No parent ever wants to accept his child has any serious illness, much less a highly stigmatized (and often very complicated to treat) mental illness. Most parents want to scream. And that’s where the beauty of “radical acceptance” is realized. Merriam Webster, in part defines “accept” as “… to endure without protest or reaction… to regard as proper, normal or inevitable… to recognize as true…” Certainly, mental illness can’t be “the normal course of things.” Some will want to deny it, or look for signs that the diagnosis is faulty, or maybe, as one parent put it, “Wonder if maybe he just smoked a little too much pot.”
Radical acceptance gives us an out. It allows us to have a stance that we accept the diagnosis, but don’t have to regard it without at least some internal protest or reaction, or regard it as proper, normal or inevitable. But we can radically accept that it exists and it must be addressed. We accept that we love our child, but we don’t like it—the illness. Not one bit. Radical acceptance allows us to rise to the occasion while acknowledging it’s not exactly what we’d wanted for our child.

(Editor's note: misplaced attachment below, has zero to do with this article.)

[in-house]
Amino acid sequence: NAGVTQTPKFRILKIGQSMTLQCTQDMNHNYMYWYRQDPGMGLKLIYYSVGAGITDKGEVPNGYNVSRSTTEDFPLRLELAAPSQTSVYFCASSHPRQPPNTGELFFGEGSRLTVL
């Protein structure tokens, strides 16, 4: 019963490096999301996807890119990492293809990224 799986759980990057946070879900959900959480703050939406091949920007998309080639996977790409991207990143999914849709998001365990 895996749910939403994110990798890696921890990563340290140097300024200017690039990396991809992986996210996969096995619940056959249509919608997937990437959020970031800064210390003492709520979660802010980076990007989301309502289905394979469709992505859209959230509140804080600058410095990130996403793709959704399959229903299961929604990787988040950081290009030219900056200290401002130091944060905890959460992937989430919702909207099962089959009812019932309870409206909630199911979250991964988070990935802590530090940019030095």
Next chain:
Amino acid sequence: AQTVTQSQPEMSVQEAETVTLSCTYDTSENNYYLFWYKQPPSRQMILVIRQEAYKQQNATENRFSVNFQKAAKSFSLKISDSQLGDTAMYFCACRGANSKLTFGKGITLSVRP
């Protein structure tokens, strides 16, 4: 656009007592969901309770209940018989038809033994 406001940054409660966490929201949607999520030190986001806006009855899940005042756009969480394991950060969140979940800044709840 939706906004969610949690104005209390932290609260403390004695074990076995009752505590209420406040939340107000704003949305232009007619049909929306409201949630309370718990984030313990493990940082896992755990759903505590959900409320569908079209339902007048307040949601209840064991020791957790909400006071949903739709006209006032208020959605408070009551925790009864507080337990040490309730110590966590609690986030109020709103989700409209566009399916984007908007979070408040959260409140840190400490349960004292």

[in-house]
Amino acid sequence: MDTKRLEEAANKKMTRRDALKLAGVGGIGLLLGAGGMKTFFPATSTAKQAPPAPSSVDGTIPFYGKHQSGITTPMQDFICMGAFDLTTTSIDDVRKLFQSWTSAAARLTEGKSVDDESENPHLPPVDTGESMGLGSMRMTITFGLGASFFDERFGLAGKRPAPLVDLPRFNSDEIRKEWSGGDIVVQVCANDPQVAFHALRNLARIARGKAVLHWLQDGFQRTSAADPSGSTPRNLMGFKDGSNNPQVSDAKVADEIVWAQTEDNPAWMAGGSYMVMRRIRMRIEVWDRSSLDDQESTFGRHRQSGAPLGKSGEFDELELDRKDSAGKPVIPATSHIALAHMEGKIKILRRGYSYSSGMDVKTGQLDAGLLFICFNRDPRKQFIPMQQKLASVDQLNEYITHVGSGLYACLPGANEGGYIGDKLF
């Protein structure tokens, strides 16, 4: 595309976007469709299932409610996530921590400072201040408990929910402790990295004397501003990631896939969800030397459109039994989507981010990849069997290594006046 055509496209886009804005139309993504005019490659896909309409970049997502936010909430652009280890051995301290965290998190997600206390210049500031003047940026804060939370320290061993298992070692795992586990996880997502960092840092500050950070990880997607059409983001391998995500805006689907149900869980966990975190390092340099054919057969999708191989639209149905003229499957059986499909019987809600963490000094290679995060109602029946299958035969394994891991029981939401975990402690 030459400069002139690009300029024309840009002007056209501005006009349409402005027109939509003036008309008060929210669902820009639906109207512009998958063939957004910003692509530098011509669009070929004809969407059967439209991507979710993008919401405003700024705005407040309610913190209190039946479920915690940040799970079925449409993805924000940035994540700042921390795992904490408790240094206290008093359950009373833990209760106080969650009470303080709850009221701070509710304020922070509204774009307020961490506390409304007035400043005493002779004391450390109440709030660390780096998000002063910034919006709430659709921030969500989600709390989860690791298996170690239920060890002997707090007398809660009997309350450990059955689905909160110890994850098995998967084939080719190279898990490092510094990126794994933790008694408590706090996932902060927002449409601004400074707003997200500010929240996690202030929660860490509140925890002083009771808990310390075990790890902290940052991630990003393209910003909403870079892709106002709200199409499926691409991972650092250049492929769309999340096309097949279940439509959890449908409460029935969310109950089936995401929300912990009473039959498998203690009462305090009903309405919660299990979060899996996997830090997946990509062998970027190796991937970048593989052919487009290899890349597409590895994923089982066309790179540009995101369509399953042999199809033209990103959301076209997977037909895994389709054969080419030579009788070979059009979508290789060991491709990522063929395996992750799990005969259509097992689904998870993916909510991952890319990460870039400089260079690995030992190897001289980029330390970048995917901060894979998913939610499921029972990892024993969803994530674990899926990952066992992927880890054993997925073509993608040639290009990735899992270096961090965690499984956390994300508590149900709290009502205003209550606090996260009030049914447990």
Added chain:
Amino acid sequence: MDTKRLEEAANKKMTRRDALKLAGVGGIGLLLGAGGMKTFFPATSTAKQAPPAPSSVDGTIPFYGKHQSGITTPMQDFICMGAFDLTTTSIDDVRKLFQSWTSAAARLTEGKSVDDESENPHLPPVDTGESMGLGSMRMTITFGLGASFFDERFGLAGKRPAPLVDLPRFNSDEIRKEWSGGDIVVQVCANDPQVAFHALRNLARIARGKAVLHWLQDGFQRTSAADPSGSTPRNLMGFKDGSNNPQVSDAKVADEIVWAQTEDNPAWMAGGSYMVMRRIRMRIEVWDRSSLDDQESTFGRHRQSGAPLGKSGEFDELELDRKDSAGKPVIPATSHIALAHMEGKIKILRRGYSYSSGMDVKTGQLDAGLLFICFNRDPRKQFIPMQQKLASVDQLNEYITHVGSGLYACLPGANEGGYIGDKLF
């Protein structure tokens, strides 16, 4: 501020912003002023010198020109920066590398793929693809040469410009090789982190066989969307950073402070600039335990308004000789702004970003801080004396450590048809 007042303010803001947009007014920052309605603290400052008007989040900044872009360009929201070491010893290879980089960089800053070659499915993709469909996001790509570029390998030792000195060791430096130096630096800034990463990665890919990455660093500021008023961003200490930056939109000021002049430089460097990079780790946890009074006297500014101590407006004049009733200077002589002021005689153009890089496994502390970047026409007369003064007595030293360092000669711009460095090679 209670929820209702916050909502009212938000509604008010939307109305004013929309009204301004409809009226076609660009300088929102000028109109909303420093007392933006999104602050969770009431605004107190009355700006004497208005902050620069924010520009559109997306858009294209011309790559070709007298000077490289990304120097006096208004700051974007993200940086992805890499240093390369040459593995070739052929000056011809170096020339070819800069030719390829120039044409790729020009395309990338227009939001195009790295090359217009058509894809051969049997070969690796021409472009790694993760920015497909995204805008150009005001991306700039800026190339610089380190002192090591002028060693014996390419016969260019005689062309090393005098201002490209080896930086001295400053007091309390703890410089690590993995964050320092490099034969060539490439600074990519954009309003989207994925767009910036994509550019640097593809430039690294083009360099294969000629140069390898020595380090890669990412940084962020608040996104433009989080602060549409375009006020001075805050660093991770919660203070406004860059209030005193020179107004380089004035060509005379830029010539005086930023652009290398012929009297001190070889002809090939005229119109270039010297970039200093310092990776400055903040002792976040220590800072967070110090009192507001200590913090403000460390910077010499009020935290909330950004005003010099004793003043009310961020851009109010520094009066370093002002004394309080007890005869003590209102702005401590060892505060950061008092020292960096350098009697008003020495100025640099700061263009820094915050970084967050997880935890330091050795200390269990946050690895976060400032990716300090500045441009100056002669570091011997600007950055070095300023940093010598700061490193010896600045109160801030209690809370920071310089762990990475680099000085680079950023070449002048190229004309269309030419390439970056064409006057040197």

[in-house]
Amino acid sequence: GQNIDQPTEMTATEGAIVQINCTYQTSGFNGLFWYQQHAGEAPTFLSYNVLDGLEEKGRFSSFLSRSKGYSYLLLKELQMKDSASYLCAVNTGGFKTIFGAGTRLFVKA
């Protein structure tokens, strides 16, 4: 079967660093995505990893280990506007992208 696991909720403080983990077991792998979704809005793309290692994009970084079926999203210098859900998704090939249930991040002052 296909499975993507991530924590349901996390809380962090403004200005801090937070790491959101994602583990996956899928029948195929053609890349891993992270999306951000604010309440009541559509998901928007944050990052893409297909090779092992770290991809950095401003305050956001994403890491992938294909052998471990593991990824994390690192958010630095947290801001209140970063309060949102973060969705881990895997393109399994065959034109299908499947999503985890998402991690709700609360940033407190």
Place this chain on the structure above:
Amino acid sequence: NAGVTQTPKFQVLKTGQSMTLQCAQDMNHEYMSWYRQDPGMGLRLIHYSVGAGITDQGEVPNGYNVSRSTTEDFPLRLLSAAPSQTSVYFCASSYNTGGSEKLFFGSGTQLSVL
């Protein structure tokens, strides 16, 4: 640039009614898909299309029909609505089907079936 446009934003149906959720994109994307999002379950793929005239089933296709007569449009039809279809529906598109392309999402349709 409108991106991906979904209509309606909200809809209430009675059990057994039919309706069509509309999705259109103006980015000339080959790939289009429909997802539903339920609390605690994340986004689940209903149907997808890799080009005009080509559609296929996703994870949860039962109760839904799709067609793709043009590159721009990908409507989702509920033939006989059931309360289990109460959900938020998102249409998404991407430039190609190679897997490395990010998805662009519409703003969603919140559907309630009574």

Now, let us explore where we are.
Good parenting means your heart breaks in a million ways. When your son or daughter strikes out at bat, is ditched in the lunchroom, ignored by a “best friend,” or stood up by a boyfriend or girlfriend, a parent feels it. These incidents make any parent want to put their child in a bubble, surround them with goodness and light. And then your son tells you how much he hates you, your daughter ignores everything you say, and they leave you in a hundred different ways. It hurts when that child you held for hours in the night and kissed from head to tiny, little toe acts as if you don’t know them. At some point you really do need to get to know them in a whole different way.
Part of good parenting, and also dreadfully painful, is letting a child fail and learn to pick themselves back up; giving them the space to discover that one can survive after a so-called-friend declares they have moved on. Flubbing a line in a school play is not the end of the world.
While witnessing their mistakes, all we can do is provide support as they navigate through the problems and solutions. We must show that while we cannot live their life and their problems, we love them unconditionally. Yeah. No problem right?